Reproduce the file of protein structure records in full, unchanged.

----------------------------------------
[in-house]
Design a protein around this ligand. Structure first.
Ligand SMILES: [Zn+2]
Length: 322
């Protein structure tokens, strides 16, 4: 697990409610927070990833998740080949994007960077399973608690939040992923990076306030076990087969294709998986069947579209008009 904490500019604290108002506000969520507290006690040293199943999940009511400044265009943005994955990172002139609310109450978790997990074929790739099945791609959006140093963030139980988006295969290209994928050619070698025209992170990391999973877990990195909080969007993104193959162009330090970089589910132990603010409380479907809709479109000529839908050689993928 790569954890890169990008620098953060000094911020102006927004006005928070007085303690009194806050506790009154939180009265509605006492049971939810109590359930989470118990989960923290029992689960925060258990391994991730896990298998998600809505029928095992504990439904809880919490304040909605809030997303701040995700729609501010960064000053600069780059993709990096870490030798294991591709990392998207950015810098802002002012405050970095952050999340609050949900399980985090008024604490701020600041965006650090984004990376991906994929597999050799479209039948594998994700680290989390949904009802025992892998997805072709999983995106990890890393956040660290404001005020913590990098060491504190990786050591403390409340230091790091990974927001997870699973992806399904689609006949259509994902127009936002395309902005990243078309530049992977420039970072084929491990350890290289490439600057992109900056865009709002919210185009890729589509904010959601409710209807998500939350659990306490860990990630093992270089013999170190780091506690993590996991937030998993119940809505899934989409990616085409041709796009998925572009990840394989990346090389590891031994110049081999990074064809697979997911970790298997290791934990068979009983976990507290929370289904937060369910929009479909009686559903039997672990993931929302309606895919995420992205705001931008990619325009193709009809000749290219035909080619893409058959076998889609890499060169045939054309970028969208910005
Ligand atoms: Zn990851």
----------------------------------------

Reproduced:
[in-house]
Design a protein around this ligand. Structure first.
Ligand SMILES: [Zn+2]
Length: 322
């Protein structure tokens, strides 16, 4: 697990409610927070990833998740080949994007960077399973608690939040992923990076306030076990087969294709998986069947579209008009 904490500019604290108002506000969520507290006690040293199943999940009511400044265009943005994955990172002139609310109450978790997990074929790739099945791609959006140093963030139980988006295969290209994928050619070698025209992170990391999973877990990195909080969007993104193959162009330090970089589910132990603010409380479907809709479109000529839908050689993928 790569954890890169990008620098953060000094911020102006927004006005928070007085303690009194806050506790009154939180009265509605006492049971939810109590359930989470118990989960923290029992689960925060258990391994991730896990298998998600809505029928095992504990439904809880919490304040909605809030997303701040995700729609501010960064000053600069780059993709990096870490030798294991591709990392998207950015810098802002002012405050970095952050999340609050949900399980985090008024604490701020600041965006650090984004990376991906994929597999050799479209039948594998994700680290989390949904009802025992892998997805072709999983995106990890890393956040660290404001005020913590990098060491504190990786050591403390409340230091790091990974927001997870699973992806399904689609006949259509994902127009936002395309902005990243078309530049992977420039970072084929491990350890290289490439600057992109900056865009709002919210185009890729589509904010959601409710209807998500939350659990306490860990990630093992270089013999170190780091506690993590996991937030998993119940809505899934989409990616085409041709796009998925572009990840394989990346090389590891031994110049081999990074064809697979997911970790298997290791934990068979009983976990507290929370289904937060369910929009479909009686559903039997672990993931929302309606895919995420992205705001931008990619325009193709009809000749290219035909080619893409058959076998889609890499060169045939054309970028969208910005
Ligand atoms: Zn990851």